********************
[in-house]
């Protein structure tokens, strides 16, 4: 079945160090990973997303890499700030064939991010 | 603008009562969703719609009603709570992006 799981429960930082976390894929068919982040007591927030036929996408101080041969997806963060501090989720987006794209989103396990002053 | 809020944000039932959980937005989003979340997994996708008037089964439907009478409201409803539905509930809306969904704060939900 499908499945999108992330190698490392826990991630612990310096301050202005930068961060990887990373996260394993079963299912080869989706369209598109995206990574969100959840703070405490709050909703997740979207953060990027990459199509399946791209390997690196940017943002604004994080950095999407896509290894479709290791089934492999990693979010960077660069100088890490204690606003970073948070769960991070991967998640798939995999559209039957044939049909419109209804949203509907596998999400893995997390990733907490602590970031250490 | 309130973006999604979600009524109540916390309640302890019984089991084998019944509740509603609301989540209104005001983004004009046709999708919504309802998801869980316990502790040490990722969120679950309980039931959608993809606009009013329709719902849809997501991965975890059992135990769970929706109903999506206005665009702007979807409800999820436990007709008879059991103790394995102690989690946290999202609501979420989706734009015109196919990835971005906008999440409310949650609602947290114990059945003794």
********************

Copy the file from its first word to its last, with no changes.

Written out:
[in-house]
């Protein structure tokens, strides 16, 4: 079945160090990973997303890499700030064939991010 | 603008009562969703719609009603709570992006 799981429960930082976390894929068919982040007591927030036929996408101080041969997806963060501090989720987006794209989103396990002053 | 809020944000039932959980937005989003979340997994996708008037089964439907009478409201409803539905509930809306969904704060939900 499908499945999108992330190698490392826990991630612990310096301050202005930068961060990887990373996260394993079963299912080869989706369209598109995206990574969100959840703070405490709050909703997740979207953060990027990459199509399946791209390997690196940017943002604004994080950095999407896509290894479709290791089934492999990693979010960077660069100088890490204690606003970073948070769960991070991967998640798939995999559209039957044939049909419109209804949203509907596998999400893995997390990733907490602590970031250490 | 309130973006999604979600009524109540916390309640302890019984089991084998019944509740509603609301989540209104005001983004004009046709999708919504309802998801869980316990502790040490990722969120679950309980039931959608993809606009009013329709719902849809997501991965975890059992135990769970929706109903999506206005665009702007979807409800999820436990007709008879059991103790394995102690989690946290999202609501979420989706734009015109196919990835971005906008999440409310949650609602947290114990059945003794």